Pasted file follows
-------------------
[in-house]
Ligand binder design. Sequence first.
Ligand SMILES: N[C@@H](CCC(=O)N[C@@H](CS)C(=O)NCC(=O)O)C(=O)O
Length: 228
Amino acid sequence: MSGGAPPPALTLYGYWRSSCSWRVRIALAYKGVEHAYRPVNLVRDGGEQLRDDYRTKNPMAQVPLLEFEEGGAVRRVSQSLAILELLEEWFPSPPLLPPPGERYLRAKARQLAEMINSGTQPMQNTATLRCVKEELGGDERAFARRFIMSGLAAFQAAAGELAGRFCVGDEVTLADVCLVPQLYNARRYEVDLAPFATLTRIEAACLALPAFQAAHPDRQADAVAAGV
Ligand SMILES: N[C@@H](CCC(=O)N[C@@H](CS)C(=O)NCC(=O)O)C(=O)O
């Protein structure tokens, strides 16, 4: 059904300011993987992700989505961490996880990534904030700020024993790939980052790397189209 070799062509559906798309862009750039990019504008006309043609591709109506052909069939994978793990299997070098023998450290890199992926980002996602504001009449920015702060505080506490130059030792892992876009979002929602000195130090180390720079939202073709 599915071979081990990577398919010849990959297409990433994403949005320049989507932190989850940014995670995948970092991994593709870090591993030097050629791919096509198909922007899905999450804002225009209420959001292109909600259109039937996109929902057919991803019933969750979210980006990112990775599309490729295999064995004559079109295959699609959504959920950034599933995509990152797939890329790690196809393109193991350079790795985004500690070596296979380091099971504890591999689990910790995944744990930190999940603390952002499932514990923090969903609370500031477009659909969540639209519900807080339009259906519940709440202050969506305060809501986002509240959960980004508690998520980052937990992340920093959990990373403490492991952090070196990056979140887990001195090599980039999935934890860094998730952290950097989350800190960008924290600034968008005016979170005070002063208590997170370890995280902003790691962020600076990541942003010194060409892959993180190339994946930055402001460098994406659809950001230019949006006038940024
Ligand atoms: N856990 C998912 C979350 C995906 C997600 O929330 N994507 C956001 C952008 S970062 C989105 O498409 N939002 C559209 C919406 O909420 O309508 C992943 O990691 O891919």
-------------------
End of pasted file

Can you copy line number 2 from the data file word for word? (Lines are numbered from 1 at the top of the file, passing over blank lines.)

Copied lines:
Ligand binder design. Sequence first.